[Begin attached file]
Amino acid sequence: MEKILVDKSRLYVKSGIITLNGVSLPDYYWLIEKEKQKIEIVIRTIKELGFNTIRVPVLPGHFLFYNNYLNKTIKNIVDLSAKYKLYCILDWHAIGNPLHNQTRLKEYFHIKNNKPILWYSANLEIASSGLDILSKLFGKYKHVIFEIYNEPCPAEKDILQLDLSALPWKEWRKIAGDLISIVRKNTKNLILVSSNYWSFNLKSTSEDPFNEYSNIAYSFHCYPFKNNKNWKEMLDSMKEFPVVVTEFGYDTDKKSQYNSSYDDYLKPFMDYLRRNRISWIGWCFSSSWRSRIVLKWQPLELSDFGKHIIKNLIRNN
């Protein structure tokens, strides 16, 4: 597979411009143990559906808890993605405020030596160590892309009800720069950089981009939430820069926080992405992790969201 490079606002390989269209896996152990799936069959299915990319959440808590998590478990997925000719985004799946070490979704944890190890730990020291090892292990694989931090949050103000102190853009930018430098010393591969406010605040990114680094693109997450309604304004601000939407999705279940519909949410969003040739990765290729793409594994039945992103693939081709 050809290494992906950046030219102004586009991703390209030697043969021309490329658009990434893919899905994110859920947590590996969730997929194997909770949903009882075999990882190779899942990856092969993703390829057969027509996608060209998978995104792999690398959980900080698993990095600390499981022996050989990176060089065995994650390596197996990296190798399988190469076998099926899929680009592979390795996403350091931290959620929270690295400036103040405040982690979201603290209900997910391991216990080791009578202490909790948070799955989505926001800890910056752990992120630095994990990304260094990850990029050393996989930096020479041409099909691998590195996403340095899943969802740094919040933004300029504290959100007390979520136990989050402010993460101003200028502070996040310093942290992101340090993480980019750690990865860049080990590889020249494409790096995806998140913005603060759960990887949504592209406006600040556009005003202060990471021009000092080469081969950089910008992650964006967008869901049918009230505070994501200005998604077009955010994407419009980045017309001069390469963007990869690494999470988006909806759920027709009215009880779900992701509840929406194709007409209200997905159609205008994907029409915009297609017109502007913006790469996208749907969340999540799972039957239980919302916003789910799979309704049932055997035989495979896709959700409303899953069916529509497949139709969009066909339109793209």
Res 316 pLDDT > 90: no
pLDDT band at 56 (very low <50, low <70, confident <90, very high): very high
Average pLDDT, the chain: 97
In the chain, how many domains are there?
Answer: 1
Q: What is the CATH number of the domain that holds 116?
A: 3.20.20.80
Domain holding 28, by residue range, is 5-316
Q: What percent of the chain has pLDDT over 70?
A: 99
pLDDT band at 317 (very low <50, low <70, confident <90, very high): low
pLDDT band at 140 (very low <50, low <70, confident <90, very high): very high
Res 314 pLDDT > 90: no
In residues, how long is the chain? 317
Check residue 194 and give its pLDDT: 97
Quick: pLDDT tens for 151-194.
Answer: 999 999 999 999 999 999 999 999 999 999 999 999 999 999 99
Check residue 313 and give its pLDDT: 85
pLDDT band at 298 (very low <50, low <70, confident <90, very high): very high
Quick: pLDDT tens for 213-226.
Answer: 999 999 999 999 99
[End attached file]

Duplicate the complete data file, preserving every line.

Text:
Amino acid sequence: MEKILVDKSRLYVKSGIITLNGVSLPDYYWLIEKEKQKIEIVIRTIKELGFNTIRVPVLPGHFLFYNNYLNKTIKNIVDLSAKYKLYCILDWHAIGNPLHNQTRLKEYFHIKNNKPILWYSANLEIASSGLDILSKLFGKYKHVIFEIYNEPCPAEKDILQLDLSALPWKEWRKIAGDLISIVRKNTKNLILVSSNYWSFNLKSTSEDPFNEYSNIAYSFHCYPFKNNKNWKEMLDSMKEFPVVVTEFGYDTDKKSQYNSSYDDYLKPFMDYLRRNRISWIGWCFSSSWRSRIVLKWQPLELSDFGKHIIKNLIRNN
């Protein structure tokens, strides 16, 4: 597979411009143990559906808890993605405020030596160590892309009800720069950089981009939430820069926080992405992790969201 490079606002390989269209896996152990799936069959299915990319959440808590998590478990997925000719985004799946070490979704944890190890730990020291090892292990694989931090949050103000102190853009930018430098010393591969406010605040990114680094693109997450309604304004601000939407999705279940519909949410969003040739990765290729793409594994039945992103693939081709 050809290494992906950046030219102004586009991703390209030697043969021309490329658009990434893919899905994110859920947590590996969730997929194997909770949903009882075999990882190779899942990856092969993703390829057969027509996608060209998978995104792999690398959980900080698993990095600390499981022996050989990176060089065995994650390596197996990296190798399988190469076998099926899929680009592979390795996403350091931290959620929270690295400036103040405040982690979201603290209900997910391991216990080791009578202490909790948070799955989505926001800890910056752990992120630095994990990304260094990850990029050393996989930096020479041409099909691998590195996403340095899943969802740094919040933004300029504290959100007390979520136990989050402010993460101003200028502070996040310093942290992101340090993480980019750690990865860049080990590889020249494409790096995806998140913005603060759960990887949504592209406006600040556009005003202060990471021009000092080469081969950089910008992650964006967008869901049918009230505070994501200005998604077009955010994407419009980045017309001069390469963007990869690494999470988006909806759920027709009215009880779900992701509840929406194709007409209200997905159609205008994907029409915009297609017109502007913006790469996208749907969340999540799972039957239980919302916003789910799979309704049932055997035989495979896709959700409303899953069916529509497949139709969009066909339109793209």
Res 316 pLDDT > 90: no
pLDDT band at 56 (very low <50, low <70, confident <90, very high): very high
Average pLDDT, the chain: 97
In the chain, how many domains are there?
Answer: 1
Q: What is the CATH number of the domain that holds 116?
A: 3.20.20.80
Domain holding 28, by residue range, is 5-316
Q: What percent of the chain has pLDDT over 70?
A: 99
pLDDT band at 317 (very low <50, low <70, confident <90, very high): low
pLDDT band at 140 (very low <50, low <70, confident <90, very high): very high
Res 314 pLDDT > 90: no
In residues, how long is the chain? 317
Check residue 194 and give its pLDDT: 97
Quick: pLDDT tens for 151-194.
Answer: 999 999 999 999 999 999 999 999 999 999 999 999 999 999 99
Check residue 313 and give its pLDDT: 85
pLDDT band at 298 (very low <50, low <70, confident <90, very high): very high
Quick: pLDDT tens for 213-226.
Answer: 999 999 999 999 99